I keenly followed the stories of Royal Fathers publicly beating their wives. Stories of State Governors using the instruments of state to oppress women. Senators indulging in under-age marriages and Fathers raping their daughters.

I listened to the ongoing social media chatter about rape and read a comment that generated one of the greatest internal expressions of rage I’ve ever experienced. I was so incensed that for the first time ever, I felt like physically slapping someone – the writer. I wanted to form a line of slappers – I would give the first slap, then push him on to the next slapper and then the next. What did this unfortunate individual say about rape? He had the audacity, the gall, the effrontery and the sheer temerity to say that a 12-year old girl was probably dressed provocatively and that was why she was raped. He cautioned ladies to stop dressing in a manner that seduces men!!! Exactly how does a 12-year old dress to cause her father to continually rape her till she gets pregnant? On what basis does a father entertain amorous thoughts towards his daughter, even if she were to run around stark naked in the safety of her home? God…please give that man to me to slap!

It reminded me of Lagos State a few years back, when the kite of regulating “indecent dressing” began flying around. The move was championed by the First Lady. For a brief spell, young women were afraid to wear what they liked. The Senate also proposed an Indecent Dressing Bill. I saw stickers that read, “Only Prostitutes Dress Like Prostitutes.” Interestingly, none of the policy actions seemed to be about protecting the rights of women. They were about controlling and legislating behaviour. If our law makers cared about ennobling women, there would be stronger Child Marriage Laws, more stringent rape legislation and swifter trials for fathers who rape their kids! During that season in Lagos, women were bundled into Police trucks and raped because they were dressed “indecently”. Young ladies on a night out were stripped in public. Legislating female behaviour is akin to stitching a woman’s labia or enforcing a Chastity Belt so she can remain virginal.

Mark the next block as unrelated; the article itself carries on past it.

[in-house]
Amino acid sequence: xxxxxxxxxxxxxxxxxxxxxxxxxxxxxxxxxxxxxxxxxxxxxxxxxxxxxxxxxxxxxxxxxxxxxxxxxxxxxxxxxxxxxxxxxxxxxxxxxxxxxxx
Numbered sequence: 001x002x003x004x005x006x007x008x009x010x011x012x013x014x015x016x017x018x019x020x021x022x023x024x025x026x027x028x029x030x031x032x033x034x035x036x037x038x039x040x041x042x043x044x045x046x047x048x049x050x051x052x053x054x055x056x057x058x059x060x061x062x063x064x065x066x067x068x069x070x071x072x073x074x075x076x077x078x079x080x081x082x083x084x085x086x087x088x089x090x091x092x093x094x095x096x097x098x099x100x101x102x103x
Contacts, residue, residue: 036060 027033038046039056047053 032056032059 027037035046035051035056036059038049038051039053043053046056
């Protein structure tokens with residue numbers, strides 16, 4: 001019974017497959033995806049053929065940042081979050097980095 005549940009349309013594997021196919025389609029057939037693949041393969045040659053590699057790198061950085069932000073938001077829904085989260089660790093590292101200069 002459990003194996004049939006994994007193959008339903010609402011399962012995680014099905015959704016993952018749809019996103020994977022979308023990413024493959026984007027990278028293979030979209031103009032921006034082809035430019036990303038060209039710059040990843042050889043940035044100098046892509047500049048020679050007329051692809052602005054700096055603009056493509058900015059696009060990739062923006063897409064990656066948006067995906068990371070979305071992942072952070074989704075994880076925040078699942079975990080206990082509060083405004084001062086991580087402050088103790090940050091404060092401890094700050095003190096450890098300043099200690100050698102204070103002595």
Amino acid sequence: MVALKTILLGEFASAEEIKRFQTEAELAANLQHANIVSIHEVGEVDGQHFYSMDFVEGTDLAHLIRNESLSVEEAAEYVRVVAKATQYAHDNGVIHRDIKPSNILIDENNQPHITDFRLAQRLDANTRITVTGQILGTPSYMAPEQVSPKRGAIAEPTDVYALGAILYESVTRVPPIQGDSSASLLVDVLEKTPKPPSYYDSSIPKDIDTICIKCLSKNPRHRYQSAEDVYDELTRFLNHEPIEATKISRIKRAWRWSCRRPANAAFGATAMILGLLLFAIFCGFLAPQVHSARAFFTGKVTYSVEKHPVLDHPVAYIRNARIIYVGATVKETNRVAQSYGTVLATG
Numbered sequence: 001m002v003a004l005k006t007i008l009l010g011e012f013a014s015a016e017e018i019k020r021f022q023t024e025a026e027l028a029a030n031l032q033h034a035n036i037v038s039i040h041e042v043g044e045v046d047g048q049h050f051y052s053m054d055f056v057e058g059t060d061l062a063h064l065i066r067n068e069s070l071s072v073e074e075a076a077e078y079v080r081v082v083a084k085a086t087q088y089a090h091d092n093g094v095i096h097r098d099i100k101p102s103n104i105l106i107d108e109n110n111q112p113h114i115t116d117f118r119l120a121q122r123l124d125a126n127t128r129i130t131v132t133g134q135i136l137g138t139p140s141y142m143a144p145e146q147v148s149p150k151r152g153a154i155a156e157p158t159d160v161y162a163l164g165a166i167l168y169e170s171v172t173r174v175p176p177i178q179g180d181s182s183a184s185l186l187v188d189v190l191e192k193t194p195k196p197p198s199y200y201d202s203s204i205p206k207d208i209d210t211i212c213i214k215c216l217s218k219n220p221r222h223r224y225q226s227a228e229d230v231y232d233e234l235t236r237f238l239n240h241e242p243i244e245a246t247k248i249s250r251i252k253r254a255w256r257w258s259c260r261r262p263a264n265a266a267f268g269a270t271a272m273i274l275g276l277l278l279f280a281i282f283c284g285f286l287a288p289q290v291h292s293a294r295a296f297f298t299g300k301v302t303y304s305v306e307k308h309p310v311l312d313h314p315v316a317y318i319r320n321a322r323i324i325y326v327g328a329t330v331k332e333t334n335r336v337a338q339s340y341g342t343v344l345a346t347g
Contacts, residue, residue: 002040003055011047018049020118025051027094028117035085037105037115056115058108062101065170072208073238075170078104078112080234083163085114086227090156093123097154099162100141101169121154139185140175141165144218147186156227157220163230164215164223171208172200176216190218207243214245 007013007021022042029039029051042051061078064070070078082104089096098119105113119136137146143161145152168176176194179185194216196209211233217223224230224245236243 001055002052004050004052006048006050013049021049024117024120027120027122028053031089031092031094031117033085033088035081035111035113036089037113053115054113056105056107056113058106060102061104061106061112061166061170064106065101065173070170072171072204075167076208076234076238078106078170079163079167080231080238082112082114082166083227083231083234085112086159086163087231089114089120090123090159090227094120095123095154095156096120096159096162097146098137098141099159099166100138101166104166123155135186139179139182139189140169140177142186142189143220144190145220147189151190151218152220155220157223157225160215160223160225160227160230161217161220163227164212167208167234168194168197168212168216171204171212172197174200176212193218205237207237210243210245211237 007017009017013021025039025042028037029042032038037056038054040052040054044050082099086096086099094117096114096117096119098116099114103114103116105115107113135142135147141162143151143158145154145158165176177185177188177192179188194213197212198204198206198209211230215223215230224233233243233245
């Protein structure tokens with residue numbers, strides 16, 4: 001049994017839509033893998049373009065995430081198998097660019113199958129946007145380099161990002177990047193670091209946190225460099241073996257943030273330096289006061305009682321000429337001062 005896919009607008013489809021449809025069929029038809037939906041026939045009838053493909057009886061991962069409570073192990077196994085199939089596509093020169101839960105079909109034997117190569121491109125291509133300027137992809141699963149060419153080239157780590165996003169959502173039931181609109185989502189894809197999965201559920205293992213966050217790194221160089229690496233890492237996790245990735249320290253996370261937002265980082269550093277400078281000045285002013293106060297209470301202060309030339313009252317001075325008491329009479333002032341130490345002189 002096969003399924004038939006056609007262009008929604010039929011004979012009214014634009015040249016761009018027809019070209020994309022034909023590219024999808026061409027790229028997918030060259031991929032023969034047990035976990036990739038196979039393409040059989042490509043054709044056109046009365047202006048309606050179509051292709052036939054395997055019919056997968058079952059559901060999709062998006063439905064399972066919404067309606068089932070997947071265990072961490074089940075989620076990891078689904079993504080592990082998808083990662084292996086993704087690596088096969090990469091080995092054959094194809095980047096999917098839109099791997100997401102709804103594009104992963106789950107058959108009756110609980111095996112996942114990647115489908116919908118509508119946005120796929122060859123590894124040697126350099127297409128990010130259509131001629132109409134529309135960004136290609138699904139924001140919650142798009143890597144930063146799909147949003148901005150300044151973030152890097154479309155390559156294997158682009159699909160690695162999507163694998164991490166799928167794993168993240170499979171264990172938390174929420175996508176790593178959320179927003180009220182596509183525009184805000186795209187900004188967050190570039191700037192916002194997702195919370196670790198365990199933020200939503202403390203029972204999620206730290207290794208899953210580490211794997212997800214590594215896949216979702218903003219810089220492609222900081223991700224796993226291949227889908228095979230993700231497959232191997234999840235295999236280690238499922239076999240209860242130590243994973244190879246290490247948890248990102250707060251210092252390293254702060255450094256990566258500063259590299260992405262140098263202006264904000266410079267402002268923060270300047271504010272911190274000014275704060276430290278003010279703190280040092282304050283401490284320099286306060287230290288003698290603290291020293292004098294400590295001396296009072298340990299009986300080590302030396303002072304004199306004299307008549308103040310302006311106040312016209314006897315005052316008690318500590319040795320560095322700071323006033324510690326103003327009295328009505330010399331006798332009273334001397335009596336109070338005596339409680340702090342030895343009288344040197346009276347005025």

The abuse of women in Nigeria has been going on for a long time; the instances have just not been well documented or publicised until now. The Walk Against Rape (WAR) had a following because women were getting raped. The V-Monologues hit a nerve all over the world because we knew the stories actually happen in real life. Acts of violence against women have been happening for decades and we must take action to put an end to them. No more sweeping things under the rug. Social media has ensured that it too late for that.

The so-called issue of “indecent dressing” must be contextualised. In Rio, Brazil where everyone dresses like they are going to the beach, we don’t see the Police randomly grabbing and raping women. In Dubai, an Arab State, the authorities recognise that the state is a melting pot of different cultures. While I can wear my shorts and spaghetti straps boldly and without fear, I am respectful enough to ensure my shorts are of modest length. It wasn’t legislated; but it is a choice I make out of respect for the prevalent culture. However, if I flouted the rules, I would be politely advised, never stripped!

In my Alma Mata – Unilorin, there’s a big sign at the bus stop, with pictures of what not to wear. In a tertiary institution? What arrant prejudicial nonsense. In Nigerian villages where the women go about topless, I don’t see the men losing control and raping them left, right and centre.

Dressing is largely dynamic and evolutionary in nature. If you have a problem with the way people dress, you shouldn’t forcefully legislate behaviour. Instead, you should constructively engage the underlying culture while respecting free will. If Beyoncé were to start wearing turtlenecks and baggy trousers, many women would follow suit even in hot weather! Once upon a time, Kid Cudi made huge goggles cool!

Everyone is free to promote their cultural perspective in a pluralistic society. And people then choose which viewpoint they align with. Just think, what would kid’s television programming be without The Disney Channel? The station promotes a specific set of values and parents decide whether or not to give their kids access. Even in music, some artistes channel their worldview via “tits and ass” music videos or something more conceptual & creative. I don’t see us flogging those who put out raunchy videos. We can choose to watch or not.

What we need in this world are people who provide alternatives. If you are not satisfied with popular culture, start your own trend. But stop giving excuses to perpetrate and support rape. And, stop insisting people must accept your views on modesty. You are crossing the line and have no right.

Stop giving excuses to perpetrate and support rape. And, stop insisting people must accept your views on modesty. You are crossing the line. Click To Tweet

One thought to “Rape, Indecent Dressing and Anger”

  1. Thank you so much for speaking against the myopic views and opinions and even actions we take in this country. Same reason this issues are growing, we never want to face our demons. The problem is huge, the effects devastating, yet we conveniently narrow it down to “indecent dressing”.
    Keep talking sis, one day we will hear.

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